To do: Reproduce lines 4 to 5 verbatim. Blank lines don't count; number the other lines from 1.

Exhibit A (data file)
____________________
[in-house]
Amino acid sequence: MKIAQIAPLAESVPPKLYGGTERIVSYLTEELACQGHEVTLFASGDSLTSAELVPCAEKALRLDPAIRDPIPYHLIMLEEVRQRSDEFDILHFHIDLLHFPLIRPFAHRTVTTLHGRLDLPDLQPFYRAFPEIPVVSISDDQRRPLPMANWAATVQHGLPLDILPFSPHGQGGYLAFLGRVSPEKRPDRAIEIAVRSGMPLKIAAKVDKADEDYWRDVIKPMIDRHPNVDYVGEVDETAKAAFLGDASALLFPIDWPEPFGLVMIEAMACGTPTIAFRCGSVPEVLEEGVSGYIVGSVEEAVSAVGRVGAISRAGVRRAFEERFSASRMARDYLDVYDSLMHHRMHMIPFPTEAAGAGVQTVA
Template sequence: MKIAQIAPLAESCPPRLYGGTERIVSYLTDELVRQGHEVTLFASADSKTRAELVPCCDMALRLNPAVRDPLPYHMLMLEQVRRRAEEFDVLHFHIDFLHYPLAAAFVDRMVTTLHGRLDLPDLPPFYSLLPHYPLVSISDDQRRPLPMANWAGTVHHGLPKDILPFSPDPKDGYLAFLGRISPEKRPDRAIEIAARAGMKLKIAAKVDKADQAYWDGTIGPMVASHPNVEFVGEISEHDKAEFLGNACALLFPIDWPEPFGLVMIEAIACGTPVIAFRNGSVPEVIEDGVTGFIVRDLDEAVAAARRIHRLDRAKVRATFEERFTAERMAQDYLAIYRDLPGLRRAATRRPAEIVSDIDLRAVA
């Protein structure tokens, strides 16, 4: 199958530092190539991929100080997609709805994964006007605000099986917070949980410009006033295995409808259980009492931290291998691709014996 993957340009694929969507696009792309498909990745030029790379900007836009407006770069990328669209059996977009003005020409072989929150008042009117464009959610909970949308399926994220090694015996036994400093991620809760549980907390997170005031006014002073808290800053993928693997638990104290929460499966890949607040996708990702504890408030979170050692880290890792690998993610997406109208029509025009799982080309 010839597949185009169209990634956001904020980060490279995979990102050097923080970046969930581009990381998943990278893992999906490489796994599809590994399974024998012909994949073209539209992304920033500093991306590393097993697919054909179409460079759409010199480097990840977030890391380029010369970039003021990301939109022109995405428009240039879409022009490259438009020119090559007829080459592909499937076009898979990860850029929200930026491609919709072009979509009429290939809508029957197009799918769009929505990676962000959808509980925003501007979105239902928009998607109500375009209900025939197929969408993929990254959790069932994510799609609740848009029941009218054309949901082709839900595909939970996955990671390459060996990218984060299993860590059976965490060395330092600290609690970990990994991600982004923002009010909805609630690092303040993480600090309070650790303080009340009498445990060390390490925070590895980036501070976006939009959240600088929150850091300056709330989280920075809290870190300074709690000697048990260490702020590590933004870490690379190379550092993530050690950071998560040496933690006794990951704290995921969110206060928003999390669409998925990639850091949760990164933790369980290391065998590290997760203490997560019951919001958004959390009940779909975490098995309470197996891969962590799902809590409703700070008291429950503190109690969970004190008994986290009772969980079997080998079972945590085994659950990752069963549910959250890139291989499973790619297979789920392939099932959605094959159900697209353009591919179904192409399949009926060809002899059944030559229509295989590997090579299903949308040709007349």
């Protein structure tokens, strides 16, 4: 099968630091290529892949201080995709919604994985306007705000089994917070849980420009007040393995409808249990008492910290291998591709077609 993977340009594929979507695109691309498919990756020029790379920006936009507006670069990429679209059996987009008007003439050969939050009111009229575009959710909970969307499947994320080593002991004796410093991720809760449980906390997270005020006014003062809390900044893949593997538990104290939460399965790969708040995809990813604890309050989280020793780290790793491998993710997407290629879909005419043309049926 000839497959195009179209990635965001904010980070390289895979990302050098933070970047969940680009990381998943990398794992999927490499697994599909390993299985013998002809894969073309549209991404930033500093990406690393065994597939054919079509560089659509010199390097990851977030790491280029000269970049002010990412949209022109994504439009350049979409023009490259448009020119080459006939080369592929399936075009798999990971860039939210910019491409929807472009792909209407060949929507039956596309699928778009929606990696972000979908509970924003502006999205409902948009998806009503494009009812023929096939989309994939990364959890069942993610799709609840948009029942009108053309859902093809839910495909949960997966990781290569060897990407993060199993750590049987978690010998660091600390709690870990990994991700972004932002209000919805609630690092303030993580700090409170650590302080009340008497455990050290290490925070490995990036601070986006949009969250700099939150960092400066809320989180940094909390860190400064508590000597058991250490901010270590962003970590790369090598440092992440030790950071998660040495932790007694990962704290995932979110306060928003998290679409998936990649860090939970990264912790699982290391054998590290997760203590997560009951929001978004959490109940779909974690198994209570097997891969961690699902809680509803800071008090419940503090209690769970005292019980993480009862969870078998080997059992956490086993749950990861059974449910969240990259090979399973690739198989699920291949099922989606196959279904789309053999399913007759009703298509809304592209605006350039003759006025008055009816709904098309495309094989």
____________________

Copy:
């Protein structure tokens, strides 16, 4: 199958530092190539991929100080997609709805994964006007605000099986917070949980410009006033295995409808259980009492931290291998691709014996 993957340009694929969507696009792309498909990745030029790379900007836009407006770069990328669209059996977009003005020409072989929150008042009117464009959610909970949308399926994220090694015996036994400093991620809760549980907390997170005031006014002073808290800053993928693997638990104290929460499966890949607040996708990702504890408030979170050692880290890792690998993610997406109208029509025009799982080309 010839597949185009169209990634956001904020980060490279995979990102050097923080970046969930581009990381998943990278893992999906490489796994599809590994399974024998012909994949073209539209992304920033500093991306590393097993697919054909179409460079759409010199480097990840977030890391380029010369970039003021990301939109022109995405428009240039879409022009490259438009020119090559007829080459592909499937076009898979990860850029929200930026491609919709072009979509009429290939809508029957197009799918769009929505990676962000959808509980925003501007979105239902928009998607109500375009209900025939197929969408993929990254959790069932994510799609609740848009029941009218054309949901082709839900595909939970996955990671390459060996990218984060299993860590059976965490060395330092600290609690970990990994991600982004923002009010909805609630690092303040993480600090309070650790303080009340009498445990060390390490925070590895980036501070976006939009959240600088929150850091300056709330989280920075809290870190300074709690000697048990260490702020590590933004870490690379190379550092993530050690950071998560040496933690006794990951704290995921969110206060928003999390669409998925990639850091949760990164933790369980290391065998590290997760203490997560019951919001958004959390009940779909975490098995309470197996891969962590799902809590409703700070008291429950503190109690969970004190008994986290009772969980079997080998079972945590085994659950990752069963549910959250890139291989499973790619297979789920392939099932959605094959159900697209353009591919179904192409399949009926060809002899059944030559229509295989590997090579299903949308040709007349």
């Protein structure tokens, strides 16, 4: 099968630091290529892949201080995709919604994985306007705000089994917070849980420009007040393995409808249990008492910290291998591709077609 993977340009594929979507695109691309498919990756020029790379920006936009507006670069990429679209059996987009008007003439050969939050009111009229575009959710909970969307499947994320080593002991004796410093991720809760449980906390997270005020006014003062809390900044893949593997538990104290939460399965790969708040995809990813604890309050989280020793780290790793491998993710997407290629879909005419043309049926 000839497959195009179209990635965001904010980070390289895979990302050098933070970047969940680009990381998943990398794992999927490499697994599909390993299985013998002809894969073309549209991404930033500093990406690393065994597939054919079509560089659509010199390097990851977030790491280029000269970049002010990412949209022109994504439009350049979409023009490259448009020119080459006939080369592929399936075009798999990971860039939210910019491409929807472009792909209407060949929507039956596309699928778009929606990696972000979908509970924003502006999205409902948009998806009503494009009812023929096939989309994939990364959890069942993610799709609840948009029942009108053309859902093809839910495909949960997966990781290569060897990407993060199993750590049987978690010998660091600390709690870990990994991700972004932002209000919805609630690092303030993580700090409170650590302080009340008497455990050290290490925070490995990036601070986006949009969250700099939150960092400066809320989180940094909390860190400064508590000597058991250490901010270590962003970590790369090598440092992440030790950071998660040495932790007694990962704290995932979110306060928003998290679409998936990649860090939970990264912790699982290391054998590290997760203590997560009951929001978004959490109940779909974690198994209570097997891969961690699902809680509803800071008090419940503090209690769970005292019980993480009862969870078998080997059992956490086993749950990861059974449910969240990259090979399973690739198989699920291949099922989606196959279904789309053999399913007759009703298509809304592209605006350039003759006025008055009816709904098309495309094989």